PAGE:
WE WERE on a hunting trip in the vicinityof Long’s Peak, Colo., in ’81, I being at that time but 18 years old and a tenderfoot of the rawest variety. We were camped near a ranch which I believe yet stands midway between Estes Park and the summit of Long’s Peak, and were having the finest trout fishing I ever enjoyed.
IN THE summer of ’98 we were camped in Yellowstone National Park a mile above the famous Yellowstone Falls — a portion of the park which is noted for the number and size of the bears which infest the camps and make free use of the commissary supplies thereof.
The hoary mountains seem gray and cold At timber line. And their wrinkled faces are worn and old At timber line. Their aged temples are wan and bare ’Neath their silvery shock of aspen hair, And Time has set his seal everywhere At timber line. The lordly elk in contentment roves At timber line.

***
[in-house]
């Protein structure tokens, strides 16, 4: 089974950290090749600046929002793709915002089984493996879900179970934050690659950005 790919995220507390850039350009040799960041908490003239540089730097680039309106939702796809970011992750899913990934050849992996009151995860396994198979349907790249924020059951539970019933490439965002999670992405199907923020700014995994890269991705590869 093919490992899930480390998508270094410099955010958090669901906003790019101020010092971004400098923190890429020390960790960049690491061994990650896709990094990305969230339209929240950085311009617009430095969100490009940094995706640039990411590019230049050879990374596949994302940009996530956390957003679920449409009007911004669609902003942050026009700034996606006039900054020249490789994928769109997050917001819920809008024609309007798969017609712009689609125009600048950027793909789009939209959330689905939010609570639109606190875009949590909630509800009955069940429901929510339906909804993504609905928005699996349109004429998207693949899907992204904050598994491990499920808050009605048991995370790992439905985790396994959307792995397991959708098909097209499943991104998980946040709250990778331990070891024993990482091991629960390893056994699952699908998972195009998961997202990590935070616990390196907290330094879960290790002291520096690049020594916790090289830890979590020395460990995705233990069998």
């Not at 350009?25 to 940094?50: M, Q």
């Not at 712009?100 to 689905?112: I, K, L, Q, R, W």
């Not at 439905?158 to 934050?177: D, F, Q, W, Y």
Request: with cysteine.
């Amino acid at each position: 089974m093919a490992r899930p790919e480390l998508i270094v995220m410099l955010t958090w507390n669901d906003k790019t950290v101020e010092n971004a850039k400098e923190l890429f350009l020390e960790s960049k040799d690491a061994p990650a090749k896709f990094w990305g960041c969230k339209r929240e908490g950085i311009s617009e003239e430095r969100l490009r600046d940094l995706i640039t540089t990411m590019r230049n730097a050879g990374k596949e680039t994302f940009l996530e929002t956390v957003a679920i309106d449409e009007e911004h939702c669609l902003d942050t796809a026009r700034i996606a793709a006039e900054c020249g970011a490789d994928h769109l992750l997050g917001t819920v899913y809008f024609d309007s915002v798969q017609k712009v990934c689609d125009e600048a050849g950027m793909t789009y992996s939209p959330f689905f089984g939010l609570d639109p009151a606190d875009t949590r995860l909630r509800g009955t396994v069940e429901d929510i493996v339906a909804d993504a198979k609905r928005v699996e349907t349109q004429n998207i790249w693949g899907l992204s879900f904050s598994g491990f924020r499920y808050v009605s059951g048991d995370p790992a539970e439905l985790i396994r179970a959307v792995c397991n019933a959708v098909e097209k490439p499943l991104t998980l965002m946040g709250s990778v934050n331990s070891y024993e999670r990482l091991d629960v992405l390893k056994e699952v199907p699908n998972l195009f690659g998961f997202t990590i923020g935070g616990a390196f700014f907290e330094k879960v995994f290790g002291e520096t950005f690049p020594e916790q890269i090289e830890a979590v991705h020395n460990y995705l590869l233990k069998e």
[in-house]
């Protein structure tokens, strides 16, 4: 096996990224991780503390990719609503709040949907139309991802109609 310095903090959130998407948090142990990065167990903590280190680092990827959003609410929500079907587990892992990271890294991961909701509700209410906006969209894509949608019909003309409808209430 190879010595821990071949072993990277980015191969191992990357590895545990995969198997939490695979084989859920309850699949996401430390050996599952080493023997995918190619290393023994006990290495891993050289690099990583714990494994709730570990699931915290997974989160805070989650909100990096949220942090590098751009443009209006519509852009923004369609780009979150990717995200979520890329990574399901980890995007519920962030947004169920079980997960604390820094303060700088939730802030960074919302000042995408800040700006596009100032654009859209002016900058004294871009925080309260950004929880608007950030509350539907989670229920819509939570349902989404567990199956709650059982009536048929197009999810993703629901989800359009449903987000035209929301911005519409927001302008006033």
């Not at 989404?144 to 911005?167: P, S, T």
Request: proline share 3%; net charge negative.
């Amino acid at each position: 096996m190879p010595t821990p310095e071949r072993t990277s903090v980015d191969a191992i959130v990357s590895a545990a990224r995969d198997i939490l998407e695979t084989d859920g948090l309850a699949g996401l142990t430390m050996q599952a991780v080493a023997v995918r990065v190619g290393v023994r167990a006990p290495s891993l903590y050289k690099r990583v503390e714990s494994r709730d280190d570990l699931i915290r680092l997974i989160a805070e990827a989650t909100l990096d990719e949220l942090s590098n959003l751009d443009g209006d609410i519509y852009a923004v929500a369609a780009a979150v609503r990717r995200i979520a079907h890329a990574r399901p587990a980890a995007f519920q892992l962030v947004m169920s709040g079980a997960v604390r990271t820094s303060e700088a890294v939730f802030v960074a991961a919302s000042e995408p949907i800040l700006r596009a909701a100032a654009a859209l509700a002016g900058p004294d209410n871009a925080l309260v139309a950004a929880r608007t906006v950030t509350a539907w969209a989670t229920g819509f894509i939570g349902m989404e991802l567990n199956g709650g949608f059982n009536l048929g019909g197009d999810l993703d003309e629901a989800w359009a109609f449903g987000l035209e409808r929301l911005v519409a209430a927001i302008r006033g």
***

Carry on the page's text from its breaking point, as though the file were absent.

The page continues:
ENOUGH it was for me, too, simply to be sitting here among the tall, dry sweet scented grasses and flowers on the hillside near the wonderful hot springs whose waters make mu sic as they came boiling and bubbling from their parent rocks on the mountain side and ripple down over, the granite slope to unite in a stream which, as I look down, I can see meandering under the bridge in the road to flow into the beautiful Grand River beyond.
The poor taste, or, rather, lack of taste, displayed by the average amateur in mounting photographs is deplorable. The painter studies the effect of the frame for his work quite as much as the painting itself, and endeavoring to heighten the effect by a judicious selection.
In making the last monthly’ competition of the year “Miscellaneous,” the management of this department fully’ realized the difficulties attendant in judging a competition of such nature, but decided so to do in order to afford our readers an opportunity for entering such prints as they’ deemed the best representations of their year’s work.